Elation lights Illuminance on Bannerman Island
Thursday, 29 October 2020
bannerman-island3Illuminance featured performances by the Daisy Jopling Band, Michael Feigenbaum, Sal Lagonia, and local youth musicians
USA - Some of the only ticketed live concerts in New York State in recent months took place 30 September - 4 October on Bannerman Island. Illuminance, a fundraising concert by the Daisy Jopling Band, received special permission from the State of New York to hold five nights of open-air concerts amid the natural surroundings and magical ruins of Bannerman Castle.
Daisy Jopling is a classical/rock violinist who tours with her own band and also runs a music mentorship foundation. Illuminance featured performances by the Daisy Jopling Band, Michael Feigenbaum, Sal Lagonia, and local youth musicians with proceeds benefiting the Daisy Jopling Music Mentorship Foundation and the Bannerman Castle Trust. Five days of sold out shows, two shows per day with 20 lucky guests per show, were lit by New York City Lites using a lighting package of Elation Professional IP-rated luminaires.
Deke Hazirjian and Jimmy Lawlor of New York City Lites served as lighting designer and associate lighting designer respectively on the project. Hazirjian, president and senior lighting designer at the company, was approached by the Bannerman Castle Trust to light the concert series. Having worked on Bannerman Island before, in 1998 and 2007, he knew well the difficulties working on the island presented.
“The island is literally a rock in the middle of the Hudson River and poses a number of challenges,” he said. “The terrain is rugged and there is no electricity on the island so the only way to get power is to bring in a generator. Weather can also be a big problem and storms can blow in with little notice. I had worked there before and knew what I was in for so we made sure we had the right gear.”
The weather issue proved one of the easier challenges to overcome as Hazirjian and Lawlor went with Elation’s range of IP-rated lighting, notably the company’s multi- environmental Proteus series. “With a limited crew and two sites 300ft apart with a vertical elevation of 75ft between them, we knew there would not be time or manpower to cover and uncover lights so equipment with an IP rating was a must,” said associate LD Lawlor.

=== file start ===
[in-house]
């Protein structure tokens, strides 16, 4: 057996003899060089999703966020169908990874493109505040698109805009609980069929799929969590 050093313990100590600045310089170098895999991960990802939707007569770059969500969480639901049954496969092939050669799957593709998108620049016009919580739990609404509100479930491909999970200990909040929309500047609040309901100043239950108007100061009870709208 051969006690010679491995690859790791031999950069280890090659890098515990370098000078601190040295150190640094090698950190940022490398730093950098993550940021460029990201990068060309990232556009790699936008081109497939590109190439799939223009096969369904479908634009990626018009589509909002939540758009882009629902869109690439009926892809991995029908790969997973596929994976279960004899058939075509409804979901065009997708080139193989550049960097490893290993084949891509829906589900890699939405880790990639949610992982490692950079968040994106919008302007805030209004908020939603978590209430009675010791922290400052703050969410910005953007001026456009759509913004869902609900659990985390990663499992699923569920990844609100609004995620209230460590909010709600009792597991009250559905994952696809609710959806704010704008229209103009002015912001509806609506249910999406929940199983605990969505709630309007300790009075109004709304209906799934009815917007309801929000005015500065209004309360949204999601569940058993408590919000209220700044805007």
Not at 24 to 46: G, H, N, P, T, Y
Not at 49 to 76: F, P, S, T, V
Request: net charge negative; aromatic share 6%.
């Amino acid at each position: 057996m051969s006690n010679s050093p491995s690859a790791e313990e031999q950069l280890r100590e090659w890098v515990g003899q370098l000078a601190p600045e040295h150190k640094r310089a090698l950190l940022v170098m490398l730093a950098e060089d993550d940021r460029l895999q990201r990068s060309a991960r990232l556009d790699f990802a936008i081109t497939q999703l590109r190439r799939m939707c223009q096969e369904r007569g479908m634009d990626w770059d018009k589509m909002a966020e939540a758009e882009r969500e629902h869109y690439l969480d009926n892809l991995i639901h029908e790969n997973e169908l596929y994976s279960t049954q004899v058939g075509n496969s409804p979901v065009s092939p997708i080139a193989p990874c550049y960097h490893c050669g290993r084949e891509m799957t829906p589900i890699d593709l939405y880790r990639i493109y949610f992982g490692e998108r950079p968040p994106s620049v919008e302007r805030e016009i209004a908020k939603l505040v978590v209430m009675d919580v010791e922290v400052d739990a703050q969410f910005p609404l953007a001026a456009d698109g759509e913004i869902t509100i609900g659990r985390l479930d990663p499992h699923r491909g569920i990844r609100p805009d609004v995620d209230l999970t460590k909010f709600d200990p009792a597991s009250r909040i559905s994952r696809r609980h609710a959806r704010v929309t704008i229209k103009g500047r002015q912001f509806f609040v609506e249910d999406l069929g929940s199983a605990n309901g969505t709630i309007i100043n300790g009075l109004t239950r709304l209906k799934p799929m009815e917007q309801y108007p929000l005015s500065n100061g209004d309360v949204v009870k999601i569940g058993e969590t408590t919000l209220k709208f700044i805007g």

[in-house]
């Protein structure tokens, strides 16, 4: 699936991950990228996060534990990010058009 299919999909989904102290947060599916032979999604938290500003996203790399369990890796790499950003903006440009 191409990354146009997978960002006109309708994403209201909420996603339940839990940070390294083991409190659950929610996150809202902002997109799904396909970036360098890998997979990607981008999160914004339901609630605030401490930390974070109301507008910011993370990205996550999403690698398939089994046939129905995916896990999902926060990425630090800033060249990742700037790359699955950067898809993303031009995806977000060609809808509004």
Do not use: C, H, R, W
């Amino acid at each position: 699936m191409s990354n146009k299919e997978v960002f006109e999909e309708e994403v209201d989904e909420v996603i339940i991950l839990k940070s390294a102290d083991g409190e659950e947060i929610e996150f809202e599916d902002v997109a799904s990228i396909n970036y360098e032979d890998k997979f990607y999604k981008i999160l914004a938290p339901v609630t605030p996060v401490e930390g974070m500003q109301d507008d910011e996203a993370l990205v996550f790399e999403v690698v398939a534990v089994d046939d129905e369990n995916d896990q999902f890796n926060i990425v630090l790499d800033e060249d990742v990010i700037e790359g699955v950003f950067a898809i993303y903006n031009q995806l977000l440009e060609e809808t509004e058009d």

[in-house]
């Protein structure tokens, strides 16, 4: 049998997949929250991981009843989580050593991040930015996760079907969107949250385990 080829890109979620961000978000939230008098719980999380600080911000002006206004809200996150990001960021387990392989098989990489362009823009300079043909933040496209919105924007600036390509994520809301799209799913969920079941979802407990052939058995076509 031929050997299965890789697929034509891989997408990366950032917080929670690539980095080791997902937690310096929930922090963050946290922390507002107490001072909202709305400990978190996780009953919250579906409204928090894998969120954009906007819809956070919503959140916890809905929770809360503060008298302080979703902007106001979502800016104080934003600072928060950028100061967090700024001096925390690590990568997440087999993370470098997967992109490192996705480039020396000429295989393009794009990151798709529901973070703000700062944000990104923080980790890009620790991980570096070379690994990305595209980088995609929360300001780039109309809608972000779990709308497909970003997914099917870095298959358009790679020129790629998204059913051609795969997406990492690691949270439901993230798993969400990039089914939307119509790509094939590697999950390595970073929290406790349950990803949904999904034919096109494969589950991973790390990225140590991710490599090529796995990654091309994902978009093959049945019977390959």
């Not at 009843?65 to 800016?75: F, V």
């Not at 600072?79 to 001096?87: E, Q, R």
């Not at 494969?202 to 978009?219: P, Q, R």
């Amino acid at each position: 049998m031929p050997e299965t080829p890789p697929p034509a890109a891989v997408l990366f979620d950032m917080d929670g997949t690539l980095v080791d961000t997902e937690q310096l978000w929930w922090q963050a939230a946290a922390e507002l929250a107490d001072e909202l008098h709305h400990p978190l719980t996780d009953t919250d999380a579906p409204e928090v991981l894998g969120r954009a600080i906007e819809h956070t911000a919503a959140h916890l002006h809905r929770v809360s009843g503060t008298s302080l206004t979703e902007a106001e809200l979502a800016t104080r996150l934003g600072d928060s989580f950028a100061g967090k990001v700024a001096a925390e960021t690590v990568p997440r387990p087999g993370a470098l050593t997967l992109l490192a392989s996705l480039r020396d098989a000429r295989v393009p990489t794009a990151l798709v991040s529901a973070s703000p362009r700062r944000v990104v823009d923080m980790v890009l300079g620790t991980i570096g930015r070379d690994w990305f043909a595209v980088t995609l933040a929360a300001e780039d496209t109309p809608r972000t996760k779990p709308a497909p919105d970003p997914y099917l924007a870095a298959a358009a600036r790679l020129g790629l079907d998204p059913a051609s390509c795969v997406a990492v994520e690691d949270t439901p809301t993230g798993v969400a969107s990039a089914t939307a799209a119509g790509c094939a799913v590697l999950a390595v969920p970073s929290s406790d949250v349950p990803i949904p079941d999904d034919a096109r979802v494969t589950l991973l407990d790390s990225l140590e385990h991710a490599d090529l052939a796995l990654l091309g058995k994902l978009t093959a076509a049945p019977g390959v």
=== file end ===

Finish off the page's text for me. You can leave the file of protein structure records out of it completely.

Besides lighting that wouldn’t get ruined in the weather, Hazirjian says they needed lighting that was functional enough to use for multiple purposes - wash, spot, and beam – but also something that could light architecture as well as band members. “It was a challenge to work in that environment and we needed lighting that could be adaptive. We would start with one plan and change to another. We had to adapt and change to the environment and to the challenges we had before us. We did very well and folks were very pleased. People were wowed by the show but also amazed that we got that much equipment up the mountain.”
Proteus series luminaires chosen for the project included Proteus Hybrid, Proteus Beam and Proteus Rayzor 760 moving heads, along with IP65-rated Fuze PAR Z120 IP LED Par lights. All of the Elation gear was provided by BML-Blackbird except the Rayzor 760s, which came direct from Elation.
The lighting system was used to illuminate three areas: the Bannerman Castle, a ruin on the north side of the island that once served as a military surplus warehouse; the castle residence (now a museum) that lies higher up on the island; and the performance stage itself with five-piece band and dynamic lead violinist. The original thought was to hold the concerts at the Bannerman Castle but after a site survey, the decision was made to move the event closer to the residence and use it as a backdrop.
One of the major challenges was to get equipment and power distributed on the island and working to those three areas. All gear was transported by barge, unloaded and hauled to the castle and residence sites through a forest and up a crumbling stone staircase.
The power issue was solved by crane-loading a generator onto the barge and tugging it down the Hudson to the island. After lights, trussing and cabling were unloaded, the barge with generator sailed to a different part of the island and could only dock at high tide. Leader cable runs to distribute power totalled over 1000ft with considerations made for the island’s 3ft difference in high and low tide.
Hazirjian reports that the five days of shows went well with the cameras getting the content they needed for the film and Daisy and the band very happy. He sums up. “This wasn’t an easy project but it was also quite rewarding. The logistics of just getting there, loading the barge with gear, putting a generator on it, having a tug take it down river, and hand carrying every light and cable onto the island and to the top of the mountain, was incredible.
“The amount of work for five days of shooting was tremendous but we were glad we could do it. None of us had worked in a while, the band was thrilled, and it was the first time our crew were hands on with lights since March. We were exhausted in the beginning because we weren’t used to the work but it felt terrific.”
The Daisy Jopling Band Illuminance film from Bannerman Island will premiere 13-15 November at bit.ly/IlluminanceStreaming.

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